He added, “I don’t think any citizen of India or of any other country is going to have to pay for it because it is going to be bought by the government and distributed free.”

Poonawala claims that the vaccine is expected to reach the people of India in large numbers by the first quarter of 2021.

The US Vaccine Trials!

In March, the National Institutes of Health (NIH) developed a vaccine and was tested in people. 

That first-stage study with around 45 participants showed that the vaccine increased the volunteers’ immune systems making it protective, with some minor side effects such as a brief fever, chills and pain at the injection site. Early testing of other leading candidates have had similarly encouraging results.

National Institutes of Health and Moderna Inc, a US based medical research centre, says that there’s still no guarantee that the experimental vaccine developed by them will really protect.

NIH’s Dr. Anthony Fauci recently told The Associated Press, “Unfortunately for the United States of America, we have plenty of infections right now.” 

The scientists will closely track the volunteers. During the trial, volunteers will not know if they are getting the real shot or a placebo. After two doses, scientists observe which group experiences more infections as they go about their daily routines, especially in areas where the virus still is spreading unchecked. 

The massive studies are to check the potential vaccine’s safety as well as to test if the shots work. After which the scientists will compare all the shots and their observations.

The U.S. requires its own tests of any vaccine that might be used in the country. It has set high expectations with the government-funded COVID-19 Prevention Network planning to roll out a new study of a leading candidate – each one with 30,000 newly recruited volunteers- every month through fall. 

What Do Experts And Volunteers Have To Say?

Dr. Larry Corey, a virologist with the Fred Hutchinson Cancer Research Institute in Seattle, who helps oversee the study sites said that a massive number of people are needed to roll up their sleeves for science. But in recent weeks, more than 1,50,000 Americans filled out an online registry signaling interest.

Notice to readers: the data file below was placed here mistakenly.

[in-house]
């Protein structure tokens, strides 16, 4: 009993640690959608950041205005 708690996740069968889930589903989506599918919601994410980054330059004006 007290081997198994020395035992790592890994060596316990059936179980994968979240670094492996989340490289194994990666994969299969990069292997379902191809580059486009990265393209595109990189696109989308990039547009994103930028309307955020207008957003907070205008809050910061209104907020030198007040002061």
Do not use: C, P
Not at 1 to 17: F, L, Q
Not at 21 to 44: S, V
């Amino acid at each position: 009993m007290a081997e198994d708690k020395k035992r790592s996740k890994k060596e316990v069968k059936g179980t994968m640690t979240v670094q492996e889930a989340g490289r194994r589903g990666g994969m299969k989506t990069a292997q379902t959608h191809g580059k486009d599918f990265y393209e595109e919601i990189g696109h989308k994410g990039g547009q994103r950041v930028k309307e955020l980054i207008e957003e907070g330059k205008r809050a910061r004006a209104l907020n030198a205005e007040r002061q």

Corey in a vaccine meeting last week by AP said, “These trials need to be multigenerational, they need to be multiethnic, they need to reflect the diversity of the United States population.” He pointed out that it’s especially important to ensure enough hard-hit Black and Hispanic population are participants in the trial. 

Jennifer Haller of Seattle, one of the participants of the first-stage study told the AP, “We all feel so helpless right now. There’s very little that we can do to combat this virus. And being able to participate in this trial has given me a sense of, that I’m doing something.” She added, “Be prepared for a lot of questions from your friends and family about how it’s going, and a lot of thank-you’s.” The first recipient is encouraging others to volunteer now.

If the final phase becomes a success,, it still will take months for the first data to be revealed from the Moderna test, followed by the Oxford one.

If all goes as per plans – Oxford will commence its final phase from August followed by plans to test a candidate from Johnson & Johnson in September and Novavax in October. Pfizer Inc. also plans its own 30,000-person study this summer.